Treat your autoclave with TLC

July 1, 2005
I can almost hear readers saying, “Dave, you just wrote a column about autoclaves! What’s the deal? Is that all you know about - autoclaves?”

I can almost hear readers saying, “Dave, you just wrote a column about autoclaves! What’s the deal? Is that all you know about - autoclaves?”

The reason autoclaves are such a “big deal” is the frequency with which the sterilizers need repair. About 20 years ago, Healthco Dental Supply did a survey of their service calls. They found 60 percent of all service calls were for autoclaves and film processors.

From my experience, I don’t think that number has changed significantly. Do you know what two pieces of equipment in your office require the most maintenance from the office staff? You’re right - autoclaves and film processors. What a coincidence!

Something we don’t know is the percentage of service calls on film processors and autoclaves that can be directly attributed to a lack of TLC. I can tell you many stories about things that we have seen - and I doubt any service technician will dispute me when I say that at least 35 percent of the repairs on those two pieces of equipment are preventable.

Please, doctor, don’t go and throw this article in front of your assistant and blame her for all of your equipment problems, although it might be a good subject for your next staff meeting. Clean sterilizers are not always trouble-free, and some really poorly kept ones somehow just keep on going. However, your odds are better with a well-kept unit.

How to clean your autoclave

This method of cleaning is for the more common, chamber type of autoclave. It might differ somewhat from your operator’s manual which accompanied your sterilizer. If you have been cleaning your unit regularly and have a good, clean sterilizer, we do not want to disrupt your methods. Then again, you might find this method more to your liking.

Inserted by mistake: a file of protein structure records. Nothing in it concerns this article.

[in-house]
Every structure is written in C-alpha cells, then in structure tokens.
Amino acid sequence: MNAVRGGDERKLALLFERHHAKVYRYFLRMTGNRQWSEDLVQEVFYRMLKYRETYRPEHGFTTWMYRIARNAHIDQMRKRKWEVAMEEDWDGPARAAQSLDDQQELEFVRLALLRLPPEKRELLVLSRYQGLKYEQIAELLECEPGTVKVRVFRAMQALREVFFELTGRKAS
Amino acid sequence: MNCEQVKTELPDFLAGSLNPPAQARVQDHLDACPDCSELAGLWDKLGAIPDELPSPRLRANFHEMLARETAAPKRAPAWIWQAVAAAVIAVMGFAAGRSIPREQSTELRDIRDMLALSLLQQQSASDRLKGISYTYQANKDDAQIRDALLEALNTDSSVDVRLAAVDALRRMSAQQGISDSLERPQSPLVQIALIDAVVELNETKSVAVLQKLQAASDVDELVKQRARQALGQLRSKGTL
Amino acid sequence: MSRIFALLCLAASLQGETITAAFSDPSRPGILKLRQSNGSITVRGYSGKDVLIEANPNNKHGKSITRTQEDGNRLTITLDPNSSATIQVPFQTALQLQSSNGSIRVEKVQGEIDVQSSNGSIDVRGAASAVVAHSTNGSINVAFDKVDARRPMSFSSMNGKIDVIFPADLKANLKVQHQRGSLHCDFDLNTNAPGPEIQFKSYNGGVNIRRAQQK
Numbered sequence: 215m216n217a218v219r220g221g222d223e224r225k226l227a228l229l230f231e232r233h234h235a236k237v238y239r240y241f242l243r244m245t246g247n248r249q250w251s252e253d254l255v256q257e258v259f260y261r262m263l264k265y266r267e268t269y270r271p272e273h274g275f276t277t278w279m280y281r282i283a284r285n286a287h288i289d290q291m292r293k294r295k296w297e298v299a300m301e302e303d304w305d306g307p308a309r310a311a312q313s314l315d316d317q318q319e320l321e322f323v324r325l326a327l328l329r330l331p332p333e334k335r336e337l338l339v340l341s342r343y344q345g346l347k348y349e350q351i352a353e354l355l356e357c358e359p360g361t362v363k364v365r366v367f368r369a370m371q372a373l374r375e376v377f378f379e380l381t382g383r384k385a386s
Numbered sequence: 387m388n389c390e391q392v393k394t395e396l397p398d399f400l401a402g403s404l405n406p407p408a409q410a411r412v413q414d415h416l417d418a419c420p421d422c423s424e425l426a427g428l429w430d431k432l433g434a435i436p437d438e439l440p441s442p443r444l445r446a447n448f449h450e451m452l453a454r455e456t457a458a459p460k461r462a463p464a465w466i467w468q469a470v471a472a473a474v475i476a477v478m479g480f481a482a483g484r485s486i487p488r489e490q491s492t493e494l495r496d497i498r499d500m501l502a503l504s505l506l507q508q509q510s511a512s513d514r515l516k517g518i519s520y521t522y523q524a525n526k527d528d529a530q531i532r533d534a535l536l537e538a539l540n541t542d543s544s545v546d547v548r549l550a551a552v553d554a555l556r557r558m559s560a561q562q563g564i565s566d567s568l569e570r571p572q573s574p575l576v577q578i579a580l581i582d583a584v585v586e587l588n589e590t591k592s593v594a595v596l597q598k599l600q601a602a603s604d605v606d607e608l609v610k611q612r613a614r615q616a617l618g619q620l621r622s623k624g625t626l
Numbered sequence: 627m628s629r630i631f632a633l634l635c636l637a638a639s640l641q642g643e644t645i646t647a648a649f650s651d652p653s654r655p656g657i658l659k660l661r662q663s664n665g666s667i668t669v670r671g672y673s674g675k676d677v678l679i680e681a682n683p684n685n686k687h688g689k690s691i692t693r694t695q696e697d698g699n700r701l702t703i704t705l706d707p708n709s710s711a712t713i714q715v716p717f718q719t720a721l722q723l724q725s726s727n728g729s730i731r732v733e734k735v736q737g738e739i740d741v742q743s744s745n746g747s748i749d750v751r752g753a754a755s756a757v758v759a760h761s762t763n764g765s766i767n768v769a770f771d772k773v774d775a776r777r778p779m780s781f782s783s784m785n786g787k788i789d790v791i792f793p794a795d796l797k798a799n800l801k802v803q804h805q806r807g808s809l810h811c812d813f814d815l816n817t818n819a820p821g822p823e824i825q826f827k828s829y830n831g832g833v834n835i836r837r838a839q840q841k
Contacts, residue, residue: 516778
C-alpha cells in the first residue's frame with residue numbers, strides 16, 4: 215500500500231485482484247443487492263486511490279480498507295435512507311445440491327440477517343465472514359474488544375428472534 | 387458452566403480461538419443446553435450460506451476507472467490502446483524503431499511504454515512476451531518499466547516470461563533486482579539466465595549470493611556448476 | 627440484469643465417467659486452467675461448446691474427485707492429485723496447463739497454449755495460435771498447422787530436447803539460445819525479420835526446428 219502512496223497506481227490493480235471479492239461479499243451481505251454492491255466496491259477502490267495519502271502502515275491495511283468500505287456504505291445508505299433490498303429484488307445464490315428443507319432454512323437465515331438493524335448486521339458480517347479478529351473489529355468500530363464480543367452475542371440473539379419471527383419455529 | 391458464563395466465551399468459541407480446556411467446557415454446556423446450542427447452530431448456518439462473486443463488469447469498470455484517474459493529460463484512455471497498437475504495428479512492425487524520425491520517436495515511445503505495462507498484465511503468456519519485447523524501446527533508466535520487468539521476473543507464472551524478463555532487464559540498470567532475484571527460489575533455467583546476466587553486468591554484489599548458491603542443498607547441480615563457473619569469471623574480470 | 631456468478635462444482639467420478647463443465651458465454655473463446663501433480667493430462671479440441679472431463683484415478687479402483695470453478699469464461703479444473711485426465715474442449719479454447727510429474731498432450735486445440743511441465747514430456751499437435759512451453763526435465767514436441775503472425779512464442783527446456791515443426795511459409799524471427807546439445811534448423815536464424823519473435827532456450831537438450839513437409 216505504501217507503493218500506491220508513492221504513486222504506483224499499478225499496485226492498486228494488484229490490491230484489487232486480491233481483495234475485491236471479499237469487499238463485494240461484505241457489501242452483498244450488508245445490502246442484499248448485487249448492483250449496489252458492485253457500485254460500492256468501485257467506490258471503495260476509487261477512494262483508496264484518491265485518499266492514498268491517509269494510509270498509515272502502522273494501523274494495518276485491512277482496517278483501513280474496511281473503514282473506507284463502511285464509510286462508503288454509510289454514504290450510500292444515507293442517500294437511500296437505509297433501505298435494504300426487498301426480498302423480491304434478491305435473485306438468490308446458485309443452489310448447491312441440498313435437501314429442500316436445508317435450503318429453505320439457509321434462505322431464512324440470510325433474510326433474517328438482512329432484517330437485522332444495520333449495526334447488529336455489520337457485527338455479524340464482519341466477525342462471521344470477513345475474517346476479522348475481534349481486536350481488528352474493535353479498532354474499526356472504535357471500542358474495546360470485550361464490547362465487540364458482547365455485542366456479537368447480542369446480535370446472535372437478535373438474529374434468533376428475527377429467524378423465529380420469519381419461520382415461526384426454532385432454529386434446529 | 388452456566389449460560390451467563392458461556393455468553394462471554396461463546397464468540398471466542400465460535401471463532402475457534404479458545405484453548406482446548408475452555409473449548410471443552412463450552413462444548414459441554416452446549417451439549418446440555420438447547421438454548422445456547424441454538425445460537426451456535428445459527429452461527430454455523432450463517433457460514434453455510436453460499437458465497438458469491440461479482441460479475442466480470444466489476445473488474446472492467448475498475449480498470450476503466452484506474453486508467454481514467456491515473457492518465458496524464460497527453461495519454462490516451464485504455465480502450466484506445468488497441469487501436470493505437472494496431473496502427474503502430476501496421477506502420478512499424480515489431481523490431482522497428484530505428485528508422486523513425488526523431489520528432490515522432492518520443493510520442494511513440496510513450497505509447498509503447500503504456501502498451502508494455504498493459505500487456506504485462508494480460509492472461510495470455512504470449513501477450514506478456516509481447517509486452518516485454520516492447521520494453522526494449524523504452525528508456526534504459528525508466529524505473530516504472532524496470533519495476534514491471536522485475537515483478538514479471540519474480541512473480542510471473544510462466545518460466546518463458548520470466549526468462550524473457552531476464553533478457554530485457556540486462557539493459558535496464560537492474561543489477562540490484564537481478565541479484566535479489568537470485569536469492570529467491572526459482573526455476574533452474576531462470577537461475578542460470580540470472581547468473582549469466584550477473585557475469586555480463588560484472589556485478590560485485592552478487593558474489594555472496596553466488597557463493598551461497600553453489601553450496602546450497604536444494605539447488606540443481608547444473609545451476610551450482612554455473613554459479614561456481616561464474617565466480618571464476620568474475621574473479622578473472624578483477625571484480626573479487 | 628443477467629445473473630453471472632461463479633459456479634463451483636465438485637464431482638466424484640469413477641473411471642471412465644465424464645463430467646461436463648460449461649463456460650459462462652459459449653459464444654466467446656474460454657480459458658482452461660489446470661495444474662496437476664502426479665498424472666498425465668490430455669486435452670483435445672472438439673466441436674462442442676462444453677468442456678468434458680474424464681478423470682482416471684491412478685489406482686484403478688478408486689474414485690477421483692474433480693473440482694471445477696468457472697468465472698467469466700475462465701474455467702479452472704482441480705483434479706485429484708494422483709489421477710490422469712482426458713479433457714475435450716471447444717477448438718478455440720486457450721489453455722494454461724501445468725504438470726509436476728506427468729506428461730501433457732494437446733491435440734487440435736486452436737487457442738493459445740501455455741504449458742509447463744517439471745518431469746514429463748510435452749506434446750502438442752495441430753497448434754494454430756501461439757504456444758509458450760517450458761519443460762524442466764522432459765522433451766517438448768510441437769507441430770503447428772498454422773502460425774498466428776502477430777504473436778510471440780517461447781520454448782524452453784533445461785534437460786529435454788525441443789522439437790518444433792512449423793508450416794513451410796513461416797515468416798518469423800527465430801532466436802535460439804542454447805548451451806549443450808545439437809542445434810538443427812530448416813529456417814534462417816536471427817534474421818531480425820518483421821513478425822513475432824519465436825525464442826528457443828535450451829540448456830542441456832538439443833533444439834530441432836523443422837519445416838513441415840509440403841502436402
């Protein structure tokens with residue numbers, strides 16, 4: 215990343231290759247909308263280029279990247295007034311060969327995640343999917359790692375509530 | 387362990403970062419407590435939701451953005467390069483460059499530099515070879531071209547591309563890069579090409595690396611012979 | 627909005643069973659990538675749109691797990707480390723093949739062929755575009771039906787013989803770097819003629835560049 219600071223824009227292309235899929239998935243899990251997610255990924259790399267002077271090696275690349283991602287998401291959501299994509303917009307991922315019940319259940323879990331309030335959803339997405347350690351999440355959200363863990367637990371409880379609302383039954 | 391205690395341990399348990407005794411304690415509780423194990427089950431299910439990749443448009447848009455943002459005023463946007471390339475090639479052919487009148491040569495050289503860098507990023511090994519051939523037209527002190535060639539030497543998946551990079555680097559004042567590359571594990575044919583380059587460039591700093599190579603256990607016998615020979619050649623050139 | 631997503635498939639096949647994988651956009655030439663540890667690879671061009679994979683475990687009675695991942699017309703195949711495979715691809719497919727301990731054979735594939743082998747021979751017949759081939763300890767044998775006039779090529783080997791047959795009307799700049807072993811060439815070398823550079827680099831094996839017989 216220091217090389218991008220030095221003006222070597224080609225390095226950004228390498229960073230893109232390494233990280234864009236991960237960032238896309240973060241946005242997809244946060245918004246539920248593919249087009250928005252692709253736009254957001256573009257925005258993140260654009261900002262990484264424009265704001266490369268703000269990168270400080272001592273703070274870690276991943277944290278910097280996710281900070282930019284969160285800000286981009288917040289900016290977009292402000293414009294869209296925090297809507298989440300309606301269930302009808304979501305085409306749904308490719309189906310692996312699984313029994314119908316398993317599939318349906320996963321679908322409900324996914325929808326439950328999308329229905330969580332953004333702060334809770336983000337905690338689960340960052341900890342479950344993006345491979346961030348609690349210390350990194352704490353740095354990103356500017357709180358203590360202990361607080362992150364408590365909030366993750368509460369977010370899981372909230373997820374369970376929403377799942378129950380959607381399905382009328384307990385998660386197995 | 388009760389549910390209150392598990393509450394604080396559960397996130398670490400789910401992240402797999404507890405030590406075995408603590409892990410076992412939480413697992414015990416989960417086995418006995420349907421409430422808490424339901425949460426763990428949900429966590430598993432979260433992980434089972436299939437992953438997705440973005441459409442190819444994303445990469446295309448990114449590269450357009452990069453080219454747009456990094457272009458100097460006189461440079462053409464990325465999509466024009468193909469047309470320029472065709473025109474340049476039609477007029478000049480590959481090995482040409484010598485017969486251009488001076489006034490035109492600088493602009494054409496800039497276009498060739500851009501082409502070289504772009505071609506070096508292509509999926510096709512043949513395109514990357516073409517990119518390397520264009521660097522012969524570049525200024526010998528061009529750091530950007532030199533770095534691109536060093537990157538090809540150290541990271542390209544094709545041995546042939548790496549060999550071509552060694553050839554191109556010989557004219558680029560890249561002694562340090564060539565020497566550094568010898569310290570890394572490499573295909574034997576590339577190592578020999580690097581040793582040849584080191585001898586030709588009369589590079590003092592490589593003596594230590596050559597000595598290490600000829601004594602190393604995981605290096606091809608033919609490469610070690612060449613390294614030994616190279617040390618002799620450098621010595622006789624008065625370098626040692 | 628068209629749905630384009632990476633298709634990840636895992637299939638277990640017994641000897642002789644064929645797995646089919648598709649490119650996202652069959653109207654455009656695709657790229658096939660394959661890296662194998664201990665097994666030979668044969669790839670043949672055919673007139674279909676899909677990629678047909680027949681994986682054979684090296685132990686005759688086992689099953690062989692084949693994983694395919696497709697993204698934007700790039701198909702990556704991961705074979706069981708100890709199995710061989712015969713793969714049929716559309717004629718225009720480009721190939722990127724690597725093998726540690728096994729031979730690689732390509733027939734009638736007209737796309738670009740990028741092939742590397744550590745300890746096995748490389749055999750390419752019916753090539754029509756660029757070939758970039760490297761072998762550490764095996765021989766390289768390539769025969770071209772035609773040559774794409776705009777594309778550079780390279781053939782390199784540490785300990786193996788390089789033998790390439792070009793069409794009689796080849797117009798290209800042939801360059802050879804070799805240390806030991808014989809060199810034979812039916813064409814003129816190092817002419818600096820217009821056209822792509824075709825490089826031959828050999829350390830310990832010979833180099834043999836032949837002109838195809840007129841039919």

Get some CLR® from your hardware or discount store. This product is very good for many uses, and I keep some on hand at home and we always had some in our shop. You also need some nonmetallic scouring pads. The Scotch-Brite® pads are very good.

First, you need a good place to do the cleaning. On a cabinet, next to a sink, is the best place. If this option is not available to you, have a large waste basket handy. You will need to tip the autoclave forward during this process to empty the sterilizer chamber. If your autoclave is large, have someone help you when it’s time to clean it.

Remove all trays and racks so the chamber is empty. If you do not know how to get the racks and trays out, call your dealer or service tech and ask. We have found tons of ruined instruments, ortho wire, burs, and other items under the trays.

This method of cleaning works better with a warm chamber. Pour a small amount of CLR directly into the chamber. Spread the liquid over the bottom half. After allowing the solution to soak for several minutes, scrub the chamber with the scouring pad. If the solution becomes too dirty, tip the unit and dump it out - then, reapply. When the chamber is clean, dump all of the CLR out. Rinse out any remaining solution with water.

Next, pour a small amount (1 to 1/2 oz.) of CLR (or your manufacturer’s cleaner) into the reservoir with the water that is in the reservoir. Run two regular cycles, and abort any automatic drying cycle. Drain the reservoir and refill with enough distilled water to run a short flush cycle. Drain the reservoir and refill.

If you can see into the reservoir when it is empty and it contains some debris in the bottom, get it out. (Your high-speed suction works well here.) Any debris left behind can damage valves and other parts.

Wipe the door gasket weekly with a wet cloth. Also clean the facing where the door gasket meets the chamber.

Although chemiclaves, statims, and other styles are not depicted here, they still need TLC. Use what you can of these tips to keep these types of autoclaves clean.

Dave Cheney is a retired service technician from Patterson Dental with more than 30 years in the dental industry. He is the author of “Doctor, Did You Check the Breaker, Too?,” a manual written to assist the dental staff in analyzing and performing minor equipment repairs when a technician is not warranted or not readily available. To order the manual as a book or CD, call (800) 695-0943. You may also order online through his Web site at

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